This doesn’t ring true when you are 35. I constantly consider the ramifications of a significant crash and injury at this point in life. The things holding me back—my realities—may be some of the things holding you back from progression. If they aren’t on your list, I sincerely hope I didn’t just add to yours.
Putting money in the bank
One of the greatest life realities holding me, and many of us, back from significant progress as a rider is occupation. This can be especially true, depending on what you do for a living.
Let’s say you have a big crash, break your foot, and show up to work on Monday in a cast. If you sell insurance, it’s probably not a big deal. If you build houses, I imagine your boss won’t be pleased. A cast that got you excused from high-school PE now may have you looking for a new job.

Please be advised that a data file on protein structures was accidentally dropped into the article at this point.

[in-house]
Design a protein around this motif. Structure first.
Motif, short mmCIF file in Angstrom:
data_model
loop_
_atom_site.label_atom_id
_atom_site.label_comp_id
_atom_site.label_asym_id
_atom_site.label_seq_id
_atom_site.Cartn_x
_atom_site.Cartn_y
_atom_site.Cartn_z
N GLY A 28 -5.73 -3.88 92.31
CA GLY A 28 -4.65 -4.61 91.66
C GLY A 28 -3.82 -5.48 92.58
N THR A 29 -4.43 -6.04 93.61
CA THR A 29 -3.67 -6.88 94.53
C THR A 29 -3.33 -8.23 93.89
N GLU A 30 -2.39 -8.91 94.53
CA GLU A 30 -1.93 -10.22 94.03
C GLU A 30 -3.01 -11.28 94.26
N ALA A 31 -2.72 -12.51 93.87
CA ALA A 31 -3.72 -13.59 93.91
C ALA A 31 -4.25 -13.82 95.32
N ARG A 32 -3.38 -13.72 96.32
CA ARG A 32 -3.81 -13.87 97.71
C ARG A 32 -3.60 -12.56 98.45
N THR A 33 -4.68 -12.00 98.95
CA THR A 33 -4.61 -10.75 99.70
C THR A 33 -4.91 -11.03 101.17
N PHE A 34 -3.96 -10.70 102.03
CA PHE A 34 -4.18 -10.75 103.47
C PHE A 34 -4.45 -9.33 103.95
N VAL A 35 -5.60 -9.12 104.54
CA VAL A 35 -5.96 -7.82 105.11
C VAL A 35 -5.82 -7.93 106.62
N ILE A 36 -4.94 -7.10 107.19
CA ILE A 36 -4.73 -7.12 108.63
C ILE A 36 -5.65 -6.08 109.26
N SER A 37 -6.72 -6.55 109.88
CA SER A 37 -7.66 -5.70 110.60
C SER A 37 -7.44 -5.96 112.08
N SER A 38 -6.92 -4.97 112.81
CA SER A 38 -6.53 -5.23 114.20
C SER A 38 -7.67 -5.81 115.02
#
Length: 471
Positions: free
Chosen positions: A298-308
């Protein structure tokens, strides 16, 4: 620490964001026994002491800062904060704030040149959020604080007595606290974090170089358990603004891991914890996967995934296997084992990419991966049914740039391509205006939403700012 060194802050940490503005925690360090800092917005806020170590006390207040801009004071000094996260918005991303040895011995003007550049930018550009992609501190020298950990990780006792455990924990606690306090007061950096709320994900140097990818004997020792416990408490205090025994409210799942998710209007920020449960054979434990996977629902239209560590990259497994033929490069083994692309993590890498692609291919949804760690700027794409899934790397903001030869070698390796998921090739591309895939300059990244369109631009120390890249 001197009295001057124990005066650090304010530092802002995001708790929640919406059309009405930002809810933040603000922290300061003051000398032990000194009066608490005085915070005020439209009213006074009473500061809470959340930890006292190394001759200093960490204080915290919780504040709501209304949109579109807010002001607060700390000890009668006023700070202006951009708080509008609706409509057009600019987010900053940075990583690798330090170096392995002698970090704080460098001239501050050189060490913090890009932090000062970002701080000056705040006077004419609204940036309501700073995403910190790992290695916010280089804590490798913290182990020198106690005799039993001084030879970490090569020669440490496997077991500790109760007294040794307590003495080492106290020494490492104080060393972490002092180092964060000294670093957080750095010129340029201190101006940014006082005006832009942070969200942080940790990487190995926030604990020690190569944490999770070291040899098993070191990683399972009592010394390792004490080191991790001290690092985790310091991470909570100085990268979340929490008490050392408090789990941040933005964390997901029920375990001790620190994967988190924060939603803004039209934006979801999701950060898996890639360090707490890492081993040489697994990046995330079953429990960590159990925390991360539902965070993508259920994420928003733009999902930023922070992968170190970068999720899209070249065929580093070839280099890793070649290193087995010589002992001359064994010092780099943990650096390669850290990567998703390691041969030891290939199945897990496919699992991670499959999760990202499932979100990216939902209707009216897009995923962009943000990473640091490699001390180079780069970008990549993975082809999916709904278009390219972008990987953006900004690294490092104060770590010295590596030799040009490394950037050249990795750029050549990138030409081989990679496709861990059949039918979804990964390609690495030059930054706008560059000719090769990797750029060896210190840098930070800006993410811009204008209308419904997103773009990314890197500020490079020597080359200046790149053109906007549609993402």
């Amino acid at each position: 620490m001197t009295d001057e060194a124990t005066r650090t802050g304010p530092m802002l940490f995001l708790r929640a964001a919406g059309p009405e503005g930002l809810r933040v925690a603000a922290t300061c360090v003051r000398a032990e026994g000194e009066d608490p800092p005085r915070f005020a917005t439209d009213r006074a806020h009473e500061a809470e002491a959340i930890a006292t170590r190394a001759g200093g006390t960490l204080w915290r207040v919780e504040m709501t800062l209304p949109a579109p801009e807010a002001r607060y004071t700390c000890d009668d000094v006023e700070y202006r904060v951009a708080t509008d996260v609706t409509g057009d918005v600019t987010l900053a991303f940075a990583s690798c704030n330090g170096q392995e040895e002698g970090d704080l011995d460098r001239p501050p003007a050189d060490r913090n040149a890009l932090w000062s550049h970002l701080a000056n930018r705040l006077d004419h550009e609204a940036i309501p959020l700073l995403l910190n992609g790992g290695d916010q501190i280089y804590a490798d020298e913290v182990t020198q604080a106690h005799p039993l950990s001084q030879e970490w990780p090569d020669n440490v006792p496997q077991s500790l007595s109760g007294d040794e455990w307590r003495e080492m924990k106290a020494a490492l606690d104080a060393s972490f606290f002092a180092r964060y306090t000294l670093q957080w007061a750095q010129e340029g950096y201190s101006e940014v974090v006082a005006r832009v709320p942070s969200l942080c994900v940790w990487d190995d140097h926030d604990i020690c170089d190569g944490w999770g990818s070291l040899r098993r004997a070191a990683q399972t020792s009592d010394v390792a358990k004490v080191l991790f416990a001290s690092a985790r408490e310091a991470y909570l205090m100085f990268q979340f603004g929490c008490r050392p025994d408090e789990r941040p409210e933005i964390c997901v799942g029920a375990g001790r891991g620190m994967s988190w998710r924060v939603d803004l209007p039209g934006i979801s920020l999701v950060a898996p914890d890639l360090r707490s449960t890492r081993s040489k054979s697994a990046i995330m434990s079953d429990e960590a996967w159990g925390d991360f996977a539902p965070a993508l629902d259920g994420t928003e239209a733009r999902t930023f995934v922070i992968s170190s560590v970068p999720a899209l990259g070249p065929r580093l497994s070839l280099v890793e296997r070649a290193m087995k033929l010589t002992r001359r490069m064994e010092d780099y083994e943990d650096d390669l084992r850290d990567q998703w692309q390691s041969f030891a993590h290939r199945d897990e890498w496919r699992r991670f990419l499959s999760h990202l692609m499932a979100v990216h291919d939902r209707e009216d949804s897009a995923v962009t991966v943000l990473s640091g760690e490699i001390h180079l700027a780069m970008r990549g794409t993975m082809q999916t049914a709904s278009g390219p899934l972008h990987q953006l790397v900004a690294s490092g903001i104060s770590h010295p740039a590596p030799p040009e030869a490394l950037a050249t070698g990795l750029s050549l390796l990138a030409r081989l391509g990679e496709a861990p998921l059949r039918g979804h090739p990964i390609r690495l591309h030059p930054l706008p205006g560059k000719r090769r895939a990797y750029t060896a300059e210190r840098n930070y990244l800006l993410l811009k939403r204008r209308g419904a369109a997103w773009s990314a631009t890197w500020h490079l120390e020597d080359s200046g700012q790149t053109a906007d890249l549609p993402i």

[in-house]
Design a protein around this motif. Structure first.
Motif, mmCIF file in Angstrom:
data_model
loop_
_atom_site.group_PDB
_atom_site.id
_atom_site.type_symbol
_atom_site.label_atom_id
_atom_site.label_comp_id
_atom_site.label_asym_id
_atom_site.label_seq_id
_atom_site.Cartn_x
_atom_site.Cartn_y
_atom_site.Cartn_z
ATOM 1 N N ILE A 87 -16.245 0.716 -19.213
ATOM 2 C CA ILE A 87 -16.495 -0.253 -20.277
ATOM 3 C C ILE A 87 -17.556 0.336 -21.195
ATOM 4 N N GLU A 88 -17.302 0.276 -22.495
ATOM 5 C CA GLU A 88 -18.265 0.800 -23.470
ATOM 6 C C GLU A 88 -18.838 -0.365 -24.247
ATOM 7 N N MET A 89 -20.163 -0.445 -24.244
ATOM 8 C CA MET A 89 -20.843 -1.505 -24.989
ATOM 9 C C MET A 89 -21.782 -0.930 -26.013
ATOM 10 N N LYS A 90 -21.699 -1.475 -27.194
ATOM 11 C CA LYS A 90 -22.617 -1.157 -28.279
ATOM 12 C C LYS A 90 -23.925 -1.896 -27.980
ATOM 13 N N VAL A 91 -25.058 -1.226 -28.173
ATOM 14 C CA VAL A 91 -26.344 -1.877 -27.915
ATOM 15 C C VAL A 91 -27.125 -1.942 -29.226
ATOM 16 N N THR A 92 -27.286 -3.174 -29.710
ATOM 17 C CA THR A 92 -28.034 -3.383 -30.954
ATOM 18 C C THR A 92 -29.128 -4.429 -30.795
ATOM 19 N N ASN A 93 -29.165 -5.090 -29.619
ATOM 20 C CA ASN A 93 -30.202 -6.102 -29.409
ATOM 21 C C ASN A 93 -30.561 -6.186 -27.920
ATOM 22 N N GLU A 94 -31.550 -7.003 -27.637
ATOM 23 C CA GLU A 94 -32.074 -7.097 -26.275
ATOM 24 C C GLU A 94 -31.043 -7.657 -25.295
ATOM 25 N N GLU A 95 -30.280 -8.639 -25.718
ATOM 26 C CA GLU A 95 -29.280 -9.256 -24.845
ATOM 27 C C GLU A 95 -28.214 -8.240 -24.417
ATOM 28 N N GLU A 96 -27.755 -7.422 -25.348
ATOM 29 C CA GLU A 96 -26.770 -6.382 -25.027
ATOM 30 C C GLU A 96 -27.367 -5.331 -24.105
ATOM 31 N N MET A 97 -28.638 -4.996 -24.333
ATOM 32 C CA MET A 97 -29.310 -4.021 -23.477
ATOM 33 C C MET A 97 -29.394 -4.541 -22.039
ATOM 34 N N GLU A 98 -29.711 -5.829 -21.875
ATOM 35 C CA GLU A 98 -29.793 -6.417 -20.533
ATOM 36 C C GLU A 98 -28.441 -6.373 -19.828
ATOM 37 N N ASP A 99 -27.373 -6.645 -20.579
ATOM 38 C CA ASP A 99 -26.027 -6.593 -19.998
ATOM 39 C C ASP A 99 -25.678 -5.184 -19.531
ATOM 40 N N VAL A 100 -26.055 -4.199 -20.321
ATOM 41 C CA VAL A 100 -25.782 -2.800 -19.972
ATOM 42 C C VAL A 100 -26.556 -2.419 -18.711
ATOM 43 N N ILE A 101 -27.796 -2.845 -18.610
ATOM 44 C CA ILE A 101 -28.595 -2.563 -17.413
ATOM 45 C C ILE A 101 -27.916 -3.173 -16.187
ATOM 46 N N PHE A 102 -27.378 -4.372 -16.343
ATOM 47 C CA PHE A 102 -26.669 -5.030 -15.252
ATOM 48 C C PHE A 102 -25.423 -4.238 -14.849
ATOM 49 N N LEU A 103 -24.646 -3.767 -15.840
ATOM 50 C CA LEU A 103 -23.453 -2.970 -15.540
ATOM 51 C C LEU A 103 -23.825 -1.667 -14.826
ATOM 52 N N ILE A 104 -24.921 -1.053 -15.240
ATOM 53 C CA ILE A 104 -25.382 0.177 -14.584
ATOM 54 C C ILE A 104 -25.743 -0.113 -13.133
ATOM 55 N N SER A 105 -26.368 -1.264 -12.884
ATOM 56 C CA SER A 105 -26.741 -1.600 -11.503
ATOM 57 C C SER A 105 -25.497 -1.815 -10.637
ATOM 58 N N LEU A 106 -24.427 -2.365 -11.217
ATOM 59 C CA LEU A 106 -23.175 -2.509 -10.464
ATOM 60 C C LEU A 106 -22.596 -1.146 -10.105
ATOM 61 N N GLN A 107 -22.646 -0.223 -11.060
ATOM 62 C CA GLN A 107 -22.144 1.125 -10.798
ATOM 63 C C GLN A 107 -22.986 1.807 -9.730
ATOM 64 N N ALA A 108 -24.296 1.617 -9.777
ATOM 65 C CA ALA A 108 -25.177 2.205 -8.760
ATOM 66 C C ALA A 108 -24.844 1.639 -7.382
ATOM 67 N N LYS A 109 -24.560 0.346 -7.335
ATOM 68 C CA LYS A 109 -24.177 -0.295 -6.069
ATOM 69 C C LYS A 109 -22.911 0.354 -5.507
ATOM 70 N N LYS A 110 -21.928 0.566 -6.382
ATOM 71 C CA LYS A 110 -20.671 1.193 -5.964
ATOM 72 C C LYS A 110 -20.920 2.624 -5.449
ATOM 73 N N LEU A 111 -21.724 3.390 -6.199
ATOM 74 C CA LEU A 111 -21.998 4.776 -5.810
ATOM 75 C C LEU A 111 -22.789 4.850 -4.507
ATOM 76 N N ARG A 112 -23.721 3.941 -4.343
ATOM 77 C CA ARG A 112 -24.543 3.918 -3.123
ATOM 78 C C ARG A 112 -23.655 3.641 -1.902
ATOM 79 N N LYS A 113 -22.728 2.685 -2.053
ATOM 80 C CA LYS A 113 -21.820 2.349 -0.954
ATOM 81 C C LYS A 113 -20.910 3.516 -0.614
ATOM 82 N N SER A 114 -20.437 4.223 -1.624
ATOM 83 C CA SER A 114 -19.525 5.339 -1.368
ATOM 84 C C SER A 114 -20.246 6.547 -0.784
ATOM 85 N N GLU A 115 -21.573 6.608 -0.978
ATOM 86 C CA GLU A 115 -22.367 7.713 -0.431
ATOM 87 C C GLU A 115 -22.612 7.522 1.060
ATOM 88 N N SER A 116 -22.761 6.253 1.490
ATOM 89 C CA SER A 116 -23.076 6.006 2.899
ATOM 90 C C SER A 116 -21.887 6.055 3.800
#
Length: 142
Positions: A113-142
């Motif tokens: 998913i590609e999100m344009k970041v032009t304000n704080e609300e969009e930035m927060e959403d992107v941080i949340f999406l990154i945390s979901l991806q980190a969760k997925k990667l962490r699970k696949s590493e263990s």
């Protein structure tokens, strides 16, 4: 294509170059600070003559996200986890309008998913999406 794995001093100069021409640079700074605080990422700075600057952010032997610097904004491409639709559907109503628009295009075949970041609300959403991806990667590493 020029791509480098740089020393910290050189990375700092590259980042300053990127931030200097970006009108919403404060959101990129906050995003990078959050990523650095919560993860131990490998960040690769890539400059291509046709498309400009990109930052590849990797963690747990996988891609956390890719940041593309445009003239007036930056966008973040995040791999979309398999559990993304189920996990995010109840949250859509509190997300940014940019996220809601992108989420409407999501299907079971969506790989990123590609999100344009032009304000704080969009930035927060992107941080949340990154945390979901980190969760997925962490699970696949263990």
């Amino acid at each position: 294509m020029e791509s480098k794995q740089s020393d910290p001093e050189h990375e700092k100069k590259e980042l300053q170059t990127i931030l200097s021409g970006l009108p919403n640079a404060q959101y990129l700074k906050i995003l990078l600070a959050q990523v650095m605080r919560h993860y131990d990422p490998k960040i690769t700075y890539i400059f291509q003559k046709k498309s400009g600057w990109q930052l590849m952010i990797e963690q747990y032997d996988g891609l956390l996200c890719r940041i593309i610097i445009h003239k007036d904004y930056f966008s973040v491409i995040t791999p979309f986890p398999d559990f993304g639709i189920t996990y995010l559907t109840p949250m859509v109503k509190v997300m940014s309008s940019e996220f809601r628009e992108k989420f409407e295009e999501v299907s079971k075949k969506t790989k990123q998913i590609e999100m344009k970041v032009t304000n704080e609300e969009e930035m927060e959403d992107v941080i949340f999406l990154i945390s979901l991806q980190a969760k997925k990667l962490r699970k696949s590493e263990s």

And that is at least half true for me. Before pursuing mountain bike journalism, I was an elementary school teacher. Technically, I still am an elementary school teacher.
Working as a full-time teacher and full-time writer wasn’t a reality. I focused my efforts on a writing career, substitute teaching a couple of days a week. If I break my arm mountain biking, I think my journalism career will survive—I can always use speech-to-text.
This idea doesn’t translate into the teaching world. Schools do not like it when a substitute teacher comes crutch-ing in, cast on a leg. Teaching, especially elementary school, is an active occupation.
Knock on wood; hopefully, my progression doesn’t leave me with a broken limb. If it does, I hope they need subs bad enough to look past the cast.
I’m worried about more than myself
In 2017, I became a parent. Kid number two followed in 2019. Without a doubt, becoming a dad is the absolute best thing that has ever happened to me. However, fatherhood put restraints on my progression.